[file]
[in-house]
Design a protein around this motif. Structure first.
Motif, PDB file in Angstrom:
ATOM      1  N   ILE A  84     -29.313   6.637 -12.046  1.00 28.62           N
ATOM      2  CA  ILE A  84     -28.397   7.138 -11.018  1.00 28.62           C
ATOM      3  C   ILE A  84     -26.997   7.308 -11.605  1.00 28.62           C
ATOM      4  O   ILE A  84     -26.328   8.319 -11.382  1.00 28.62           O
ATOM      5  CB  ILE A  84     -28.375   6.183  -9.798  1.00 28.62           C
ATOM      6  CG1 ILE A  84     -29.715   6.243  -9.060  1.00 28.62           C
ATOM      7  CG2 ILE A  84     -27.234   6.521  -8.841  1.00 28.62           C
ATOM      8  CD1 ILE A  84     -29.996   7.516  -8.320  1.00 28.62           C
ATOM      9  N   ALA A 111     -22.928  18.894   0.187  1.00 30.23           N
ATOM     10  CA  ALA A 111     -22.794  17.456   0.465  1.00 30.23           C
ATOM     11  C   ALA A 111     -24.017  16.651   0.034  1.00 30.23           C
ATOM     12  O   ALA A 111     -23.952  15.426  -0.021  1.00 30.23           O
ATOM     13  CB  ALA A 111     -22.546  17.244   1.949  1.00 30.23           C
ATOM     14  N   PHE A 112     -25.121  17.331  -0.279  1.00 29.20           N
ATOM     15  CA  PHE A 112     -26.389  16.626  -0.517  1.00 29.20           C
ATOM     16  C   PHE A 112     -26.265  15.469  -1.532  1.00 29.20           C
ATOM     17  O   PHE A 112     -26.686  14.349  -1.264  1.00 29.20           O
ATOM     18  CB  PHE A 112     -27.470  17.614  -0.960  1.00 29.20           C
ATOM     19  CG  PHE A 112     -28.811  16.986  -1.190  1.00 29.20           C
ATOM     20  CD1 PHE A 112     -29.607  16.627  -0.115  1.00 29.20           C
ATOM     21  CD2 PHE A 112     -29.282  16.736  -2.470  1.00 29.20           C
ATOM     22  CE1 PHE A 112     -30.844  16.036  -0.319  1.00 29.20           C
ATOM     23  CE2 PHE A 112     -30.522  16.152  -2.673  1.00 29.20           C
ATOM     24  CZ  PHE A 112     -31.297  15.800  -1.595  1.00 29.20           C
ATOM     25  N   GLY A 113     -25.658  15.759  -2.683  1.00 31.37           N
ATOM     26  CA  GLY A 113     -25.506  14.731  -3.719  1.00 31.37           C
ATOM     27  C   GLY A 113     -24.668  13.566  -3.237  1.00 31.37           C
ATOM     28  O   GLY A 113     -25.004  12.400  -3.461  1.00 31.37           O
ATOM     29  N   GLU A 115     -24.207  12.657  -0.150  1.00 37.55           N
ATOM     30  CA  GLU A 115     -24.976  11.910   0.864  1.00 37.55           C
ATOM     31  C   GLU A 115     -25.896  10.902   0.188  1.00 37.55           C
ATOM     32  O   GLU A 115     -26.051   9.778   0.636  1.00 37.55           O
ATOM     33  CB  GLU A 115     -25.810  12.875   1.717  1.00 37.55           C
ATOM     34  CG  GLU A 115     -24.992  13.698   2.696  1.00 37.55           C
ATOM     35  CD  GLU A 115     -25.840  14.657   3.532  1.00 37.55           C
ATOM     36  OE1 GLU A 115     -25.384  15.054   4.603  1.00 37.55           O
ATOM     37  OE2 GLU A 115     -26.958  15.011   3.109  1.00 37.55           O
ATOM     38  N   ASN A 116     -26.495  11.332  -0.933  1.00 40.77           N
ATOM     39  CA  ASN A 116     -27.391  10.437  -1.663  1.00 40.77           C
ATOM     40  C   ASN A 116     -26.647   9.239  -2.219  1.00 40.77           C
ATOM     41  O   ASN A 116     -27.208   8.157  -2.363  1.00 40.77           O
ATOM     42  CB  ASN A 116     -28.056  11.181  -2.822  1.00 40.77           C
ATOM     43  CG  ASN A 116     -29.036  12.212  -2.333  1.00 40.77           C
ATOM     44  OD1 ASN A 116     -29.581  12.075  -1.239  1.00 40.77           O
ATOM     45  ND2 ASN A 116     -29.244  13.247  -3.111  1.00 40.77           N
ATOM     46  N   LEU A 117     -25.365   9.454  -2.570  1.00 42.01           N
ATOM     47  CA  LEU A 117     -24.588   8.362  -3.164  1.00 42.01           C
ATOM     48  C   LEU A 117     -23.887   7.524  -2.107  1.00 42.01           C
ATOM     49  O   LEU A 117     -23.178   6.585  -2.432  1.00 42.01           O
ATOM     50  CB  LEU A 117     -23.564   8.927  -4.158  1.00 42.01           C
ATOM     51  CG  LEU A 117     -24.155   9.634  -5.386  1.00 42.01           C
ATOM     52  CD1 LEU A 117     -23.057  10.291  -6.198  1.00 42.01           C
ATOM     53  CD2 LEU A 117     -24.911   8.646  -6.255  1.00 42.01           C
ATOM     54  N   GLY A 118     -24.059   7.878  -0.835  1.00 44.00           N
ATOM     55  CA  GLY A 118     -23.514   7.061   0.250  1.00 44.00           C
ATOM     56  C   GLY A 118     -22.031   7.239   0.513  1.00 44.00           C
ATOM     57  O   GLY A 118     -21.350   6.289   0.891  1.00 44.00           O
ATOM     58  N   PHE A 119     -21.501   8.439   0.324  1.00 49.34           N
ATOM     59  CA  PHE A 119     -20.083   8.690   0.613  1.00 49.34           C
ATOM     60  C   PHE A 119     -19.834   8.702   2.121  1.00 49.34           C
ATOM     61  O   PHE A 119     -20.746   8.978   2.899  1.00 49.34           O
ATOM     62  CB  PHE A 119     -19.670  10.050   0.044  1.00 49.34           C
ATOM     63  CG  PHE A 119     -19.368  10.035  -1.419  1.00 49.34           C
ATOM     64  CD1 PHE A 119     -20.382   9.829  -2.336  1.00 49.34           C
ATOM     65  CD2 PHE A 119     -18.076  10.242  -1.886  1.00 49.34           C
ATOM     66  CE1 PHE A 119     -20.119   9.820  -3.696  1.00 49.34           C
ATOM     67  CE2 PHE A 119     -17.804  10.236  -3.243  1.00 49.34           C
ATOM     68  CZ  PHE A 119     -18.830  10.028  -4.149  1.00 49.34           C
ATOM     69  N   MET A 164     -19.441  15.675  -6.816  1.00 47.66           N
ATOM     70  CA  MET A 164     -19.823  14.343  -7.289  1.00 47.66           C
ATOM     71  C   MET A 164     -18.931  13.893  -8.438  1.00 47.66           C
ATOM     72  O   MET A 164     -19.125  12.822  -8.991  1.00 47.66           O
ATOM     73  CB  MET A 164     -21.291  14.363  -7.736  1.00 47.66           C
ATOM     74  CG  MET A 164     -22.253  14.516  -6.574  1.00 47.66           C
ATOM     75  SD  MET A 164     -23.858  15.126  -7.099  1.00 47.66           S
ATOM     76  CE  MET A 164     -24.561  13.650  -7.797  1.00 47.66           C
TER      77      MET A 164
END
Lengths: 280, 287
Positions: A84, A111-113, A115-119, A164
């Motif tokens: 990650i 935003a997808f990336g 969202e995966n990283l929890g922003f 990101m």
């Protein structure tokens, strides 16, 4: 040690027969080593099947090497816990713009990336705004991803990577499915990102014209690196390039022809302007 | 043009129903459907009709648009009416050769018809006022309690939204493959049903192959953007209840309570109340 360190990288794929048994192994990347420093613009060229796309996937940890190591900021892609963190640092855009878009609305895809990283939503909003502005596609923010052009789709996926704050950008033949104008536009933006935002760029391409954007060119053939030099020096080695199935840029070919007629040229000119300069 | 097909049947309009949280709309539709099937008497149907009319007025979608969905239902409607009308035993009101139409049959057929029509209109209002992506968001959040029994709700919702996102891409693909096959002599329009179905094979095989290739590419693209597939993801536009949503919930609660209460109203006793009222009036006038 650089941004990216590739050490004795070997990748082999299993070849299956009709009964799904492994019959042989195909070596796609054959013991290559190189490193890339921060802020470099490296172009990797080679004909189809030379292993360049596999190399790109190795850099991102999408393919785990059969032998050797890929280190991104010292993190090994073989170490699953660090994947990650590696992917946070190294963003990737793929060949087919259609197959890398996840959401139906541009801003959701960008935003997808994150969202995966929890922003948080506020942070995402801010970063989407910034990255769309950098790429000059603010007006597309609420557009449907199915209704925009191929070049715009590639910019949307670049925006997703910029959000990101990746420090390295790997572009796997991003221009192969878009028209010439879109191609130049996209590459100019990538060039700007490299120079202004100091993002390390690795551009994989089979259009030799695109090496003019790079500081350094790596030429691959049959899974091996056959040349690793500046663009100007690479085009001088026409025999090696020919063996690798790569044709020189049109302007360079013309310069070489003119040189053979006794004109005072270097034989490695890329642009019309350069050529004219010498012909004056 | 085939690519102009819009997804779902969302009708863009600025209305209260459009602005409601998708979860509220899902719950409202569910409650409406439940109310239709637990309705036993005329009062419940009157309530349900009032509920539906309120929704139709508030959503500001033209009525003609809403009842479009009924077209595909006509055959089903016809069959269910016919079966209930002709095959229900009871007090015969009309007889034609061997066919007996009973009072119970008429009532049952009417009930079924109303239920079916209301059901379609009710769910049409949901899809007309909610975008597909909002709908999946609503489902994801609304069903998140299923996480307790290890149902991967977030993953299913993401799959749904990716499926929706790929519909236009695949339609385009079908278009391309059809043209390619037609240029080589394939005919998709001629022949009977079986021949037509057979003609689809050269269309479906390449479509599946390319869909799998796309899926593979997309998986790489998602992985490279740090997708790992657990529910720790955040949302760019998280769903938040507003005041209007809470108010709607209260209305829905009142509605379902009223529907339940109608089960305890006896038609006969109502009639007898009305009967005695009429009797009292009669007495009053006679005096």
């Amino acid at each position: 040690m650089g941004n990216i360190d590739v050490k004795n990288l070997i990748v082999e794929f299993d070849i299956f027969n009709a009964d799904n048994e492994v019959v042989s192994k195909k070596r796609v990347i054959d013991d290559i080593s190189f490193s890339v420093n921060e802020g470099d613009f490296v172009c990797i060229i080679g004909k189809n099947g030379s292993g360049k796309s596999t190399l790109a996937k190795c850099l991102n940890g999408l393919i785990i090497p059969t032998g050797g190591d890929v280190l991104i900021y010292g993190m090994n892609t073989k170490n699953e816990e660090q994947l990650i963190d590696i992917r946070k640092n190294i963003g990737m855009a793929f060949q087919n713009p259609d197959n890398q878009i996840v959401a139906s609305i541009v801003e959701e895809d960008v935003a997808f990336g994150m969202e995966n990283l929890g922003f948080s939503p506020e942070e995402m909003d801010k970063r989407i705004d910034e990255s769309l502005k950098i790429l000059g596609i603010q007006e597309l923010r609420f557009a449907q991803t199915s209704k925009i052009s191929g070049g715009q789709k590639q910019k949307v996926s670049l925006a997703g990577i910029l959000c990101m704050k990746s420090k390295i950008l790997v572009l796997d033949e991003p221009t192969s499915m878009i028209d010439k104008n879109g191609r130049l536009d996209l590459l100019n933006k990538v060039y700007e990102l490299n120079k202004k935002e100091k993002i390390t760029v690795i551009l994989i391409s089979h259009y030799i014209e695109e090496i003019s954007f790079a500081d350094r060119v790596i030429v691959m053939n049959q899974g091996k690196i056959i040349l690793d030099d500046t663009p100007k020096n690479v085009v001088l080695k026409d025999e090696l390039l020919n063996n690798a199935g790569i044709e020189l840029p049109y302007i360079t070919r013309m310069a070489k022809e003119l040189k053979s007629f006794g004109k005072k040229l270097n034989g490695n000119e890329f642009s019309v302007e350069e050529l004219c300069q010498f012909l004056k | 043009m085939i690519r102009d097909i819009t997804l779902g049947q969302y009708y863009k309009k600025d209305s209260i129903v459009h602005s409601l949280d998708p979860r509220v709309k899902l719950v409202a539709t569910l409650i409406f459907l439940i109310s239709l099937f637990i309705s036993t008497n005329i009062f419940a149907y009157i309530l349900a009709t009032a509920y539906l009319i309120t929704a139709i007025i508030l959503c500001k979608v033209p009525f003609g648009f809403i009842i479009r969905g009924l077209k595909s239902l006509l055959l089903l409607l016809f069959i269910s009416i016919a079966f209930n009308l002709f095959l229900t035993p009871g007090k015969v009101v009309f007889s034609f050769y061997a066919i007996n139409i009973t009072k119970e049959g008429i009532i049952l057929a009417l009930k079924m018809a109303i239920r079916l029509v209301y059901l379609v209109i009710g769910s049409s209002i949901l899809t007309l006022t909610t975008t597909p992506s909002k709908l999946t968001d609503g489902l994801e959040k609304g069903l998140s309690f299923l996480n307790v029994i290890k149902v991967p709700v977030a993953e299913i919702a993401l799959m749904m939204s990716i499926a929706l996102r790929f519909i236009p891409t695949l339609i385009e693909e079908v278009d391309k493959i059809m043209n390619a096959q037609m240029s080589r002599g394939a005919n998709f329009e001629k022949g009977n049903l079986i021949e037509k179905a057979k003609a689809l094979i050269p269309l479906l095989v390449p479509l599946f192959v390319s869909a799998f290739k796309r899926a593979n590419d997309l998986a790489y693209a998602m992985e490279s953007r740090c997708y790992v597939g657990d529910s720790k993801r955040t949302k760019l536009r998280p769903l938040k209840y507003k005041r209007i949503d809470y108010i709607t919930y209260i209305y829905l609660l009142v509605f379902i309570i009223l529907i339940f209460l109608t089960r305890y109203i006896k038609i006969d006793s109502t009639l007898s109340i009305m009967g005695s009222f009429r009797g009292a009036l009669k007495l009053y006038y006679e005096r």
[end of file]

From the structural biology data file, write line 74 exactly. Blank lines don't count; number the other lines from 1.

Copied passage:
ATOM     71  C   MET A 164     -18.931  13.893  -8.438  1.00 47.66           C